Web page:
Review: ‘Passenger 57’

Warner Bros., already making a killing with "Under Siege," takes another stab here at the "Die Hard" formula--this time aboard a jumbo jet that, unfortunately , runs out of gas before landing. Nevertheless, "Passenger 57" is a reasonably saucy action tale and could generate early box office sparks in urban areas if fueled by the right marketing approach.

Warner Bros., already making a killing with “Under Siege,” takes another stab here at the “Die Hard” formula–this time aboard a jumbo jet that, unfortunately , runs out of gas before landing. Nevertheless, “Passenger 57” is a reasonably saucy action tale and could generate early box office sparks in urban areas if fueled by the right marketing approach.

Foremost, the movie should serve as a real test of the drawing power of star Wesley Snipes, cutting his teeth as a big-time action hero while surrounded by a cast of unknowns. It also flags actor-turned-director Kevin Hooks (who made his feature debut on “Strictly Business”) as another promising talent to watch among the current class of young African-

American directors.

One of the film’s major problems precedes take-off, due to the claustrophobic limitations of setting so much of the narrative on a jet and the numerous coincidences involved in the set-up.

For starters, newly hired airline security expert John Cutter (Snipes) and an international terrorist in FBI custody end up on the same flight. At least the filmmakers recognize that absurdity when someone asks why a known hijacker would be transported by air.

With his henchmen on board disguised as crew members, the lead baddie seizes the jet, murdering the FBI agents and pilot, leaving it to Cutter to stop them, fighting off the emotional baggage of having lost his wife under similar circumstances.

He soon manages to force a landing and the action moves to the ground, as Cutter escapes but gets grief from the local redneck sheriff (Ernie Lively) before a helpful FBI man (Robert Hooks, the director’s dad) shows up. The climax then occurs back on the airborne plane.

Snipes seems to relish his opportunity to play this cross between John Shaft and “Die Hard’s” John McClane, but David Loughery and Dan Gordon’s script doesn’t give him much room to operate. Still, his inherent likability and his physical presence establish him as a credible action star who could benefit fromstronger material.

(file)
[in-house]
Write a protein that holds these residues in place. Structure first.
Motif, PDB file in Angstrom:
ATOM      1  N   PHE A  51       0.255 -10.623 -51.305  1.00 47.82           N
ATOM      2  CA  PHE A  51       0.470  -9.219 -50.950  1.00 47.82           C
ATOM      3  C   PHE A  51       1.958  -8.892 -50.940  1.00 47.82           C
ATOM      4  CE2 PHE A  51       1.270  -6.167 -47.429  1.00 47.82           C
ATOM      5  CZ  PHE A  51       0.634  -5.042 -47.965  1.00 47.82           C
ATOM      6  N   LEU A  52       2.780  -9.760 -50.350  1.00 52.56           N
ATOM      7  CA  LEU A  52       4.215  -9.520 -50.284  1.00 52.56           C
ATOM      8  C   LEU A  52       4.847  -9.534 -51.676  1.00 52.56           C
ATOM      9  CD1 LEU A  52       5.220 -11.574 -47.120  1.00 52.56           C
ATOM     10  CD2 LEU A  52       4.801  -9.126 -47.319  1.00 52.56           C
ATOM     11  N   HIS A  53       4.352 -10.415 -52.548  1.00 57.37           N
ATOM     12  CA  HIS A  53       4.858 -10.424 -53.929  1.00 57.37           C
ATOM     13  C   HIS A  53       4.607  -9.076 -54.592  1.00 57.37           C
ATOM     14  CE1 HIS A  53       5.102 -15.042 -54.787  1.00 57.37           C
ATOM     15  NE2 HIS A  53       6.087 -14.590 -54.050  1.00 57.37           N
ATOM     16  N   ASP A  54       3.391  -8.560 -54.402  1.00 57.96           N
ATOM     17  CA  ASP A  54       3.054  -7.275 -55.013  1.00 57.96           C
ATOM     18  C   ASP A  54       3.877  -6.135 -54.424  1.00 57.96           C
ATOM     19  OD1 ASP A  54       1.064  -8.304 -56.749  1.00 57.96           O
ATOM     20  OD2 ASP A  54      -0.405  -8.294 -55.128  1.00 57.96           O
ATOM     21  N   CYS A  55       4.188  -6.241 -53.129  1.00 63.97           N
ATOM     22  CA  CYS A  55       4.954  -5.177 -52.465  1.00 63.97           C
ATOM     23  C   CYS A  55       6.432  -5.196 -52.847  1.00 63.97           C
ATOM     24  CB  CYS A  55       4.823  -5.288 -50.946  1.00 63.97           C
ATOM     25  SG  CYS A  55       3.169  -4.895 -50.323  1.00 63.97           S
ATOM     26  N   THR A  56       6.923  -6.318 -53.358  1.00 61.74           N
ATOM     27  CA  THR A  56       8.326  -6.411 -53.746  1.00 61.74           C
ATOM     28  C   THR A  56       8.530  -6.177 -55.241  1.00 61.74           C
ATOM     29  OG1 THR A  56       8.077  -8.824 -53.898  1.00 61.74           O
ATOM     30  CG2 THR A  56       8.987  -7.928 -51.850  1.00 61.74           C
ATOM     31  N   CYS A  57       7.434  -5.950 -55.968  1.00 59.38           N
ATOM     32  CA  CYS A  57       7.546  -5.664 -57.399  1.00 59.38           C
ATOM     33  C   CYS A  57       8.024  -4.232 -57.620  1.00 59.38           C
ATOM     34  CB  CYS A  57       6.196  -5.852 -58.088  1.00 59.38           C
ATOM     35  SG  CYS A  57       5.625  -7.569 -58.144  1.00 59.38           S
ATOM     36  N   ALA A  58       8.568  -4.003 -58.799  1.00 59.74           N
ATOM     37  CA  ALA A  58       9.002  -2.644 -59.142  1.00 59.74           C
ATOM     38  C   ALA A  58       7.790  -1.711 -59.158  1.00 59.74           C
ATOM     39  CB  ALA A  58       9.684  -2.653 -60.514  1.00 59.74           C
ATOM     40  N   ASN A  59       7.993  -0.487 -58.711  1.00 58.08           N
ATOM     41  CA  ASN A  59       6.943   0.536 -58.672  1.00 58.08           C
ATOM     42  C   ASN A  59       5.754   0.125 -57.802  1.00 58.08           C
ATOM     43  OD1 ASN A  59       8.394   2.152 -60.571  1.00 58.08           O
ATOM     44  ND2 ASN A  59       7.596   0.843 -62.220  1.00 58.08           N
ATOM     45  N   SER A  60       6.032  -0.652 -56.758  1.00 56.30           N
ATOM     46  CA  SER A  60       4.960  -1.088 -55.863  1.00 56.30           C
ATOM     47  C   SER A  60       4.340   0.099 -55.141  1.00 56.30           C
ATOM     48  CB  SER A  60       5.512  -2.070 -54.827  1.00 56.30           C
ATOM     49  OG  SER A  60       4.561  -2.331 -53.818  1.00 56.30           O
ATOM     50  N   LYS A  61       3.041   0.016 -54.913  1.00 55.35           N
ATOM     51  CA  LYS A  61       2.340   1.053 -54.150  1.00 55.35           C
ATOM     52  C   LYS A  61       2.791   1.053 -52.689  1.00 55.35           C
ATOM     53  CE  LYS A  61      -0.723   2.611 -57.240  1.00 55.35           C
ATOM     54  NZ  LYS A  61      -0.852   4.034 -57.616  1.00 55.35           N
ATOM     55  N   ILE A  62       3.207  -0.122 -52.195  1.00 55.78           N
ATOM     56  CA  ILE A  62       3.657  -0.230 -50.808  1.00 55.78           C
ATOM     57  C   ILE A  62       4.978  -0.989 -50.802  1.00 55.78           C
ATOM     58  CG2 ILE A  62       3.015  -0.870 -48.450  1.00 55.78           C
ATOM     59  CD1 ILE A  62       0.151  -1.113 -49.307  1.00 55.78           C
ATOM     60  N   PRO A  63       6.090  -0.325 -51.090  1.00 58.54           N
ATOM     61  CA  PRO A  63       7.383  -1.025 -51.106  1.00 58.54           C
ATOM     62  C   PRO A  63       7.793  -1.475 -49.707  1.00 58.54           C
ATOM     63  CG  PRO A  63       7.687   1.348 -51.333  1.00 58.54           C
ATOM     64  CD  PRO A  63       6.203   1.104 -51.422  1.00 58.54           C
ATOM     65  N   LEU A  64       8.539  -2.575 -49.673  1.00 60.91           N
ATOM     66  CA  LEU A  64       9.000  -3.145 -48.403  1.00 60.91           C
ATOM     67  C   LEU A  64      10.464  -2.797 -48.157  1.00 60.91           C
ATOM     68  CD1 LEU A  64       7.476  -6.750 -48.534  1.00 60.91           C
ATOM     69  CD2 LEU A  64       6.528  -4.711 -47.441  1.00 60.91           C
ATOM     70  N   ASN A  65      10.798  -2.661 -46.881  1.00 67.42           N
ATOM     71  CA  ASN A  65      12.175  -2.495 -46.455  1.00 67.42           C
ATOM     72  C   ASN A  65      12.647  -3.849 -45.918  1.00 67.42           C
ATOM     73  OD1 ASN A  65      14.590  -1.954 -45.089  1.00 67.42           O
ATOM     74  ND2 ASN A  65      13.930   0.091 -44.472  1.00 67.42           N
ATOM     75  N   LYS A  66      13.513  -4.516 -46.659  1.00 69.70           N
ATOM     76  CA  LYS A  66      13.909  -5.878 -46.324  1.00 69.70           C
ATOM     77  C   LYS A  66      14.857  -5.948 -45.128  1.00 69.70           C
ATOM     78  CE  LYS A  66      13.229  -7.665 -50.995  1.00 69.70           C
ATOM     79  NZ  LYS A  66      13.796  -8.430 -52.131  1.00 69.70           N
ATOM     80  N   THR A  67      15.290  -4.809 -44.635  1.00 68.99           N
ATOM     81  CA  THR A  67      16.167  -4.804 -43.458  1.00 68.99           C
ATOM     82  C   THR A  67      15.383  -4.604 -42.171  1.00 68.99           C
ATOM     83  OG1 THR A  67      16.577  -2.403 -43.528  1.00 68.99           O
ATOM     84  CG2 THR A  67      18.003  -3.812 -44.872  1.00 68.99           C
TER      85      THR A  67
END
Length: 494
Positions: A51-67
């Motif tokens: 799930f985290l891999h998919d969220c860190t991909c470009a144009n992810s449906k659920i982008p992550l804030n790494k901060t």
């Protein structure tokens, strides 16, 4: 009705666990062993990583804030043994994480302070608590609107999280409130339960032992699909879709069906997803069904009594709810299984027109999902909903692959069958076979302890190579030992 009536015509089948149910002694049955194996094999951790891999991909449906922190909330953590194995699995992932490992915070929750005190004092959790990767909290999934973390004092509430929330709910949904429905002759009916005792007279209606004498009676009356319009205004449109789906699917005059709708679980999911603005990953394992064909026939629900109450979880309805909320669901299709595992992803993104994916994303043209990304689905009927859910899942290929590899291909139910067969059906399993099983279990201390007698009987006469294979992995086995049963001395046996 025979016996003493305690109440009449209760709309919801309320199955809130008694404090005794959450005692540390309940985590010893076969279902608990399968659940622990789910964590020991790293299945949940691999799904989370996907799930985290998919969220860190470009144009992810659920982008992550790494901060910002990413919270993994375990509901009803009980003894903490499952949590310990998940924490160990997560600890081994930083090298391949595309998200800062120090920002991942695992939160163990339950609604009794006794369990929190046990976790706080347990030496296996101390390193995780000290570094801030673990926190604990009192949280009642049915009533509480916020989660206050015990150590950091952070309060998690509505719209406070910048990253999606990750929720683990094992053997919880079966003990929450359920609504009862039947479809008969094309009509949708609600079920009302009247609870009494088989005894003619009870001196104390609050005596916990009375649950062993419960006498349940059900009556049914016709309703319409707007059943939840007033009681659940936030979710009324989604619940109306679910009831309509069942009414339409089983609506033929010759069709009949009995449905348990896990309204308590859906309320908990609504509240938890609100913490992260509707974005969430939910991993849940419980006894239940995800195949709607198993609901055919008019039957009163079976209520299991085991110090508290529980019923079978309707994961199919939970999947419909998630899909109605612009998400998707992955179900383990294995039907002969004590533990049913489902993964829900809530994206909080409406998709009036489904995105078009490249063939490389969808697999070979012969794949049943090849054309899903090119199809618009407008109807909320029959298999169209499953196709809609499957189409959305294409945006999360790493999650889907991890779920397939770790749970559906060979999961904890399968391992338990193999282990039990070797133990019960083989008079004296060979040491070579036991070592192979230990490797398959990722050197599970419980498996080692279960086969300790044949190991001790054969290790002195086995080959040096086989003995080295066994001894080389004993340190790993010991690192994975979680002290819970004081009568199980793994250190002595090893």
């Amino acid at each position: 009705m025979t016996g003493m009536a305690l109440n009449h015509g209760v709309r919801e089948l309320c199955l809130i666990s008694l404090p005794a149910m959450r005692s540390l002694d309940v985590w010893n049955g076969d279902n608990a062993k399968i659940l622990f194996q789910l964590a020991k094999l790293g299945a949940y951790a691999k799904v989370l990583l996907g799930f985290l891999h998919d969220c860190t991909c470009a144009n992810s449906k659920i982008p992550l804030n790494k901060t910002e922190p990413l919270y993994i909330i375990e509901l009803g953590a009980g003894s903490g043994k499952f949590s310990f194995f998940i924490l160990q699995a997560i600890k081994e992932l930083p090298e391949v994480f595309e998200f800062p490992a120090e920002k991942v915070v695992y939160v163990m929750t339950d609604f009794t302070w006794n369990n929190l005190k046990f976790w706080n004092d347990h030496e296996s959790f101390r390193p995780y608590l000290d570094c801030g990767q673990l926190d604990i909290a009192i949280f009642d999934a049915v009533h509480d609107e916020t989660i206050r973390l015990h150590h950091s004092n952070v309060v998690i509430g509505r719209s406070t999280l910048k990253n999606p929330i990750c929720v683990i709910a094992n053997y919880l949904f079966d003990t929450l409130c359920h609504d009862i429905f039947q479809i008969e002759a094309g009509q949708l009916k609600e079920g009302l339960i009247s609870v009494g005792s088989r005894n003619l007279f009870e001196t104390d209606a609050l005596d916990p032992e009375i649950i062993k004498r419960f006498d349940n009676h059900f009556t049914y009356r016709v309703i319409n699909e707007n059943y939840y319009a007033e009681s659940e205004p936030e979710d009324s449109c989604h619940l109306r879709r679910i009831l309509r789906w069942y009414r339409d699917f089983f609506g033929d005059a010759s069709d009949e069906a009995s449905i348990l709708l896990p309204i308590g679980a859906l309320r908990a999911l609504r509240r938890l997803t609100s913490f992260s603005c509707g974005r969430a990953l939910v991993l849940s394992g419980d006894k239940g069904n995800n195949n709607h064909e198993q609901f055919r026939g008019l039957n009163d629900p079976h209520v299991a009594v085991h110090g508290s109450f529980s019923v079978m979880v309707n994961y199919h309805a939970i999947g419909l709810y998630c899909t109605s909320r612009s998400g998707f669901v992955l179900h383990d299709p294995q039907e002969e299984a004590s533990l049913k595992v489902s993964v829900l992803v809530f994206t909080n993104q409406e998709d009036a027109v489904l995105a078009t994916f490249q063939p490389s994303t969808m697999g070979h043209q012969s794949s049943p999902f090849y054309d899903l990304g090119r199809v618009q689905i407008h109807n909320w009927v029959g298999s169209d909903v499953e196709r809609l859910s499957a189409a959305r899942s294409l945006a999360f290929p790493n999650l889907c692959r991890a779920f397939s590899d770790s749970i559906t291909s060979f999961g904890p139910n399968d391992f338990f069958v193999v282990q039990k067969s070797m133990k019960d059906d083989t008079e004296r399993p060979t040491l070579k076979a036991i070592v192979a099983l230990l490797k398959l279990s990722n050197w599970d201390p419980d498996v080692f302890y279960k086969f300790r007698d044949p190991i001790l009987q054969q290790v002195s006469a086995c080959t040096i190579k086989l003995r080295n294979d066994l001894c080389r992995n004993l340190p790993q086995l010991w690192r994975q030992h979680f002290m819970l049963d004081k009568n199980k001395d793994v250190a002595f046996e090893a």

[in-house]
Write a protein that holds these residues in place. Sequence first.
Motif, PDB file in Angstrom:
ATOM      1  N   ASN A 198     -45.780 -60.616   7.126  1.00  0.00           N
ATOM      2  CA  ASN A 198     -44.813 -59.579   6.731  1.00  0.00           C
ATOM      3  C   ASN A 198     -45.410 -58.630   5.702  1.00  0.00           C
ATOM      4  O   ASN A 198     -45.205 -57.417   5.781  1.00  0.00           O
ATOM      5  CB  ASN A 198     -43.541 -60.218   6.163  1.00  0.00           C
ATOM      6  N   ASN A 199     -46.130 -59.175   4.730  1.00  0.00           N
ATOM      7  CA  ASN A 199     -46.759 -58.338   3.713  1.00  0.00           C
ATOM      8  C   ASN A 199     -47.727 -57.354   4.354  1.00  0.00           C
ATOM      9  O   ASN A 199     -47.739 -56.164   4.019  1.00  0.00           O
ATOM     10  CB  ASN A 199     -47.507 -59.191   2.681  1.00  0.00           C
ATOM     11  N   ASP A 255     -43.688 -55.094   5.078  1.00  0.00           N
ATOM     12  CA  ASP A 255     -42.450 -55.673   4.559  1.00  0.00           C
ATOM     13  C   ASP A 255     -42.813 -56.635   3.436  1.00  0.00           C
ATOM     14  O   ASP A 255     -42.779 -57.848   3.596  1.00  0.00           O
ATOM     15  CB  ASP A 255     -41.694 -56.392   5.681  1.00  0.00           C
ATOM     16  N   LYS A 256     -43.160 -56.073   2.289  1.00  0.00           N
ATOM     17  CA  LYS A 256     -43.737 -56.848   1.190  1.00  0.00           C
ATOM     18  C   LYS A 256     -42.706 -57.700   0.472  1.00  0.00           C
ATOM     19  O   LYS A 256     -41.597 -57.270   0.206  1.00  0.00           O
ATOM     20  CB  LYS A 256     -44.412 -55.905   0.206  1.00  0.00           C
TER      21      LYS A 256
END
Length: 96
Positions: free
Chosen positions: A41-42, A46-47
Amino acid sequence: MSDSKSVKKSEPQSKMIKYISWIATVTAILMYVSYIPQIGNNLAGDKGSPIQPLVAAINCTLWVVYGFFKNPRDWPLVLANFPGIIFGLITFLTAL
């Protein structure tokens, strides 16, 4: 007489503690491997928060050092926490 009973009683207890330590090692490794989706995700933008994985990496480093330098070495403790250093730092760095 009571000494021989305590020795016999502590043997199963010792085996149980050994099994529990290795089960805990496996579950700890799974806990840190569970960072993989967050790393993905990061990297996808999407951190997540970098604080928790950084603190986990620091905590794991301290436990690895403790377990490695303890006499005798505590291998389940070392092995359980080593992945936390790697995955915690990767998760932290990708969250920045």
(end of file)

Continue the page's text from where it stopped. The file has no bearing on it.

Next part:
Payne’s perfectly hissable villain contributes greatly to maintaining the film’s intensity most of the way, but the limp payoff has about as much excitement as collecting luggage at LAX.

Tech credits are sound, including a jaunty Stanley Clarke.

Passenger 57

(Action--Color)

Production

A Warner Bros. release of a Lee Rich production. Produced by Rich, Dan Paulson, Dylan Sellers. Executive producer, Jonathan Sheinberg. Co-producer, Robert J. Anderson. Directed by Kevin Hooks. Screenplay, David Loughery, Dan Gordon, story by Stewart Raffill, Gordon.

Crew

Camera (Technicolor), Mark Irwin; editor, Richard Nord; music, Stanley Clarke; production design, Jaymes Hinkle; art direction, Alan Muraoka; set decoration, Don K. Ivey; costume design, Brad Loman; sound (Dolby), Robert Anderson, Jr.; assistant director, Gary Marcus; stunt coordinators, Glenn Wilder, Jeff Ward; casting, Shari Rhodes. Reviewed at the Bruin Theater, L.A., Nov. 3, 1992. MPAA Rating: R. Running time: 83 min.

With

John Cutter ... Wesley Snipes Charles Rane ... Bruce Payne Sly Delvecchio ... Tom Sizemore Marti Slayton ... Alex Datcher Stuart Ramsey ... Bruce Greenwood Dwight Henderson ... Robert Hooks Sabrina Ritchie ... Elizabeth Hurley Forget ... Michael Horse Vincent ... Marc Macaulay Chief Biggs ... Ernie Lively
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